From the very beginning of the fellowship I was extremely eager to participate in the spatial mapping workshops. The reading I remember most from the only philosophy course I ever took defined map making as the process of using generalizations via simplification, symbolization, induction, and classification to construct a physical ontology [1]. This articulated an uneasiness I always feel when looking at any map. Like many of other “blue ID” Palestinians I always viewed maps as political, relative, and subjective. Moreover, even as a kid I remember being aware that maps as “epistemic tools” were designed for groups I am excluded from.

Interestingly, this resulted for many Palestinians in a weird cartographic-nerdiness. Like most, along-side the classic pre-1948 Palestine map (a hallmark of every Palestinian home), I have at least 10 additional maps relating to local and historical Palestinian narratives. For instance, one friend modified a modern map to include all 92 unrecognized Arab villages that do not appear in any official record (or online services such as google maps). Below is my own primitive creation, a map of 1947 Haifa (my on-again-off-again hometown), augmented with data from a list obtained via a FOIA from the Shin-Bet (Israeli Intelligence) with all 30 cafés and pubs that existed pre-Israel, including the political and tribal affiliations of the regular crowd (and curiously whether they serve alcohol or not).

My map and the Shin-Bet list from 48 used to produce it. The houses marked in green denote “radical” communist affiliated cafés that served alcohol.
A photo of I took back in 2015 of Wadi-Alsalib,Haifa. The Arab building used to house one such café. Palestinian teenagers often used such ruins as unofficial gathering and drinking places. Israel demolished most what remained at Wadi-Alsalib in 2019.

While these maps are an integral part of the Palestinian struggle, one can argue that this is primarily a response to the way maps were historically used as tools of “epistemic violence”. As noted by [2] “[mapping] technologies become legislation”. Since the aforementioned unrecognized villages do not appear in any records it is not surprising that they are continuously ignored by regional committees. This became even more apparent with the recent rise of Geographic Information Science (GIS), fueled by the proliferation of smartphone map based applications. In my first year as a computer science college student I attended a lecture by the founders of “Waze”, a navigation startup that aimed at remedying some of the weaknesses of Google Maps Dr Watrall touched upon by crowed sourcing information from drivers. When I downloaded the application I came to discover that it was enabled by default to “Avoid dangerous driving areas and the A, B territories”. The dangerous driving areas included many Palestinian neighborhoods, including some that have been in under Israeli jurisdiction since 1967. Unsurprisingly, no such option is available if you wish to avoid Israeli settlements known for attacking Arabs. Note that Waze was doing exactly what GIS is supposed to. But when applied without context or care simplification, symbolization, induction, and classification created labels and kinds that cause actual harm. My friend was refused service by his neighbor, a Palestinian Taxi driver because the Israeli taxi company used Waze as a navigation tool and they both live in one of these “dangerous areas”.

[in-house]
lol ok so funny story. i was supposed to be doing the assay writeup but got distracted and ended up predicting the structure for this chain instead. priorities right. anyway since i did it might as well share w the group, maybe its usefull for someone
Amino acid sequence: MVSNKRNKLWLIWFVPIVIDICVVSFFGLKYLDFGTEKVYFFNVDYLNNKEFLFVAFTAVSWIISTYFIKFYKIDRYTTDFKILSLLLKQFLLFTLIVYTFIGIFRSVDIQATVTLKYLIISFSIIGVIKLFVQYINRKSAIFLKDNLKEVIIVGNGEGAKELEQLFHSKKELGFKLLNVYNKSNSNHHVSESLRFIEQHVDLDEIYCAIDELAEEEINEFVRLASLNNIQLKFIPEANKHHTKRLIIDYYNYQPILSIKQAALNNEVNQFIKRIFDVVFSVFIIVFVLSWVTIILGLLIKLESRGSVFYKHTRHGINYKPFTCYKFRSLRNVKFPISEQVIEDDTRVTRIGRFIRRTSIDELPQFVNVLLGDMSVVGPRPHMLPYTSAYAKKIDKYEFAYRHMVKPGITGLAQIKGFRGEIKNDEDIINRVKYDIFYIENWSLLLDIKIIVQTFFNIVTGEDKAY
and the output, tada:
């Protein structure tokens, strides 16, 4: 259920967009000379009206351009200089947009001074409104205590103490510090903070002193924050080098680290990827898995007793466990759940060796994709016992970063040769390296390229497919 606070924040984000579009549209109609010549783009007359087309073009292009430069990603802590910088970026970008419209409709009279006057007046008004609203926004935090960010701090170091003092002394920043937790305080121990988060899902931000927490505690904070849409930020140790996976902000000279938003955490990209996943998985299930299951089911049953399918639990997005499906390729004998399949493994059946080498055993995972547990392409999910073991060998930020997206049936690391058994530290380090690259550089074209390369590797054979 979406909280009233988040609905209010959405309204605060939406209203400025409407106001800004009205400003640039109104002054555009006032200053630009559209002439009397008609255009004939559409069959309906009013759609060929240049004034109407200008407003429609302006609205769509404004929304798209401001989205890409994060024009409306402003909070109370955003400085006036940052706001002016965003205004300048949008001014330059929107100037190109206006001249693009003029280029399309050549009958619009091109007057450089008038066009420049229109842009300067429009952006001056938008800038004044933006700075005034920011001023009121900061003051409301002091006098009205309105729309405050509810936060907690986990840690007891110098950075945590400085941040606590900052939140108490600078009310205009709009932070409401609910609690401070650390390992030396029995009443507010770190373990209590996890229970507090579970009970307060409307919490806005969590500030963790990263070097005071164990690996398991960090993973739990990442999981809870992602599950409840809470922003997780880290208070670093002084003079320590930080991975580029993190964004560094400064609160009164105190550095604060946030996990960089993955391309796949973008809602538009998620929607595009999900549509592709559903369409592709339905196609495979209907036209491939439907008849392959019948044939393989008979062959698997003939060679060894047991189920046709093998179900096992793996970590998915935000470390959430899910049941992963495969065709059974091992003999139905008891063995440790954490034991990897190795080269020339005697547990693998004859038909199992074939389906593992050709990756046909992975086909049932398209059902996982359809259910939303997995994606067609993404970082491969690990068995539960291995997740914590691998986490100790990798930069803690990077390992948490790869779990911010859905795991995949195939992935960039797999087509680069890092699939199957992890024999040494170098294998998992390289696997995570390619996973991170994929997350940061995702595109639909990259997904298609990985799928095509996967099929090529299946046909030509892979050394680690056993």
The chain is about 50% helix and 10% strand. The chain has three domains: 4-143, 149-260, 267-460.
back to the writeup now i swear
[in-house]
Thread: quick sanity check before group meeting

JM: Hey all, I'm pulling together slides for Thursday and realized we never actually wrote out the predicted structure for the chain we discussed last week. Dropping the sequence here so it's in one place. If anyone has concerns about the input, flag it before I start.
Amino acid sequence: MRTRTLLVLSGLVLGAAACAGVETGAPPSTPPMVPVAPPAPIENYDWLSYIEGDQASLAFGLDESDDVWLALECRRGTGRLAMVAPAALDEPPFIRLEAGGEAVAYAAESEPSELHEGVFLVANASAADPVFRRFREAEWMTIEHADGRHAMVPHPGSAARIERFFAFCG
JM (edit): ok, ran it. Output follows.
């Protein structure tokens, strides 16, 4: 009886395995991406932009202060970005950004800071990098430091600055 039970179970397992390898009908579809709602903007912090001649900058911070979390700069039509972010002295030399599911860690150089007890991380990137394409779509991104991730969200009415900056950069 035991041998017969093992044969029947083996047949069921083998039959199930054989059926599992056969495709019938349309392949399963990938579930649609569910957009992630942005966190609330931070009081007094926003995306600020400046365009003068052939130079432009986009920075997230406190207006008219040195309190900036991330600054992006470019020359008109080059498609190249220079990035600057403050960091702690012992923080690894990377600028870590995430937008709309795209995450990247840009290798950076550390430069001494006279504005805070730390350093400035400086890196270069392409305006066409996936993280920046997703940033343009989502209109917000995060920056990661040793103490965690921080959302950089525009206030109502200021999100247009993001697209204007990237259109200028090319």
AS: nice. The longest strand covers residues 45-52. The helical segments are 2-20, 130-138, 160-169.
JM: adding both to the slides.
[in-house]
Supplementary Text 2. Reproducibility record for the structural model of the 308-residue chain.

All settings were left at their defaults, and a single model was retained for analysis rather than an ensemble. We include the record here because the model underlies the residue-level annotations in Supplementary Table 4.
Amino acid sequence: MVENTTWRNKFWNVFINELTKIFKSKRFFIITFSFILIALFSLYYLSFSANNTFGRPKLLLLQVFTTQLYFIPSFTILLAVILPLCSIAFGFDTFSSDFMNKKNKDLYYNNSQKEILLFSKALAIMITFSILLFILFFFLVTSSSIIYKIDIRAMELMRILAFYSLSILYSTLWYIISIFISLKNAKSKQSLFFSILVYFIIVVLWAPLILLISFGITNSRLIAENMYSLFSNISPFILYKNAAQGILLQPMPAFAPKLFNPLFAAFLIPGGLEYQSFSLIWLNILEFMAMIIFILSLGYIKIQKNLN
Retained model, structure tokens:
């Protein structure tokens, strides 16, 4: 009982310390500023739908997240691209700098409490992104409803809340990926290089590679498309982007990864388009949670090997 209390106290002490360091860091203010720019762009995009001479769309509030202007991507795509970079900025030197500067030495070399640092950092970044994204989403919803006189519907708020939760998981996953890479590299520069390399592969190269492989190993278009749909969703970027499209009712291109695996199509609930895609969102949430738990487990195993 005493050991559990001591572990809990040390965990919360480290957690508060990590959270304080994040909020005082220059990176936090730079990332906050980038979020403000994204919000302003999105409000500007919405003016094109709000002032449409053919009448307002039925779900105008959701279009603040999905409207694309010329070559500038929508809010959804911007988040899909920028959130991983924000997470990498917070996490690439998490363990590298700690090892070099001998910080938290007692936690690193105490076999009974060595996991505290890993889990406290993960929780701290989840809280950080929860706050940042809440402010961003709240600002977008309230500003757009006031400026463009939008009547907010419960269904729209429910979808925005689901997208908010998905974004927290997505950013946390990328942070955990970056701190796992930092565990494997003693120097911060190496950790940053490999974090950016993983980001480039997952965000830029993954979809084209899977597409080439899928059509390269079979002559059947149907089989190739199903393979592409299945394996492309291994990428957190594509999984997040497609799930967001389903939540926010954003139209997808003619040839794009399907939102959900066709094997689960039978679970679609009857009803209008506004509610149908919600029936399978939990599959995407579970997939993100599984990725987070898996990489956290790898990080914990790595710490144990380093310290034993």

Screen shot from Waze, taken from

When Dr Watrall discussed different mapping and tiles resources I couldn’t help by notice that they all use a modified Douglas-Peucker algorithm that keeps only coordinates that break linear trends interpolated from neighboring points. This results in the polygonal “zig-zag” abstractions we often see when working with maps or tile data [1]. This is not by algorithmic necessity, there is no numerical justification I can think of that favors straight lines (you could use any polynomial basis just as effectively). Instead I suspect that this is the residue of years of idealization of straight lines [3]. Early cartographers prided themselves on “extending the line …, notwithstanding the ground was very uneven” as a result “poles are often set in opposition to harsh natural conditions” [3]. This already resulted in a war when in 2010 Nicaragua justified an incursion into Costa Rica by invoking the GoogleMaps boundaries (This was dubbed the first google maps war) [2]. Not to mention the countless that found themselves on the wrong sides of straight lines drawn by colonial powers dividing unsuspecting populations.

I hope that as CHI fellows we can remain mindful that by using these tools we are participating in what Henri Lefebvre calls “the production of space”. I am not delusional to believe that we can fight back in any meaningful way against the specters of injustice plaguing geo-cultural informatics. But even if we must accept the tyranny of the straight line for the time being, I think it might be useful to at least call it by name.

Note: Epistemic violence relates to how groups can be excluded from systems of knowledge or knowledge production, resulting in narratives that erase certain view-points and rendering would be protestors unable to push back against these narratives. See Kristie Dotson’s essay “Tracking Epistemic Violence, Tracking Practices of Silence” for an actual definition.

[1] Mapping kinds in GIS and cartography. Rasmus Grønfeldt Winther
[2] Territorial Conflict in the Digital Age: Mapping Technologies and Negotiation. Jordan Branch
[3] New Dominance in the Old Dominion: Steadying William Byrd in “The Secret History of the Line”. Geoffrey Kaeuper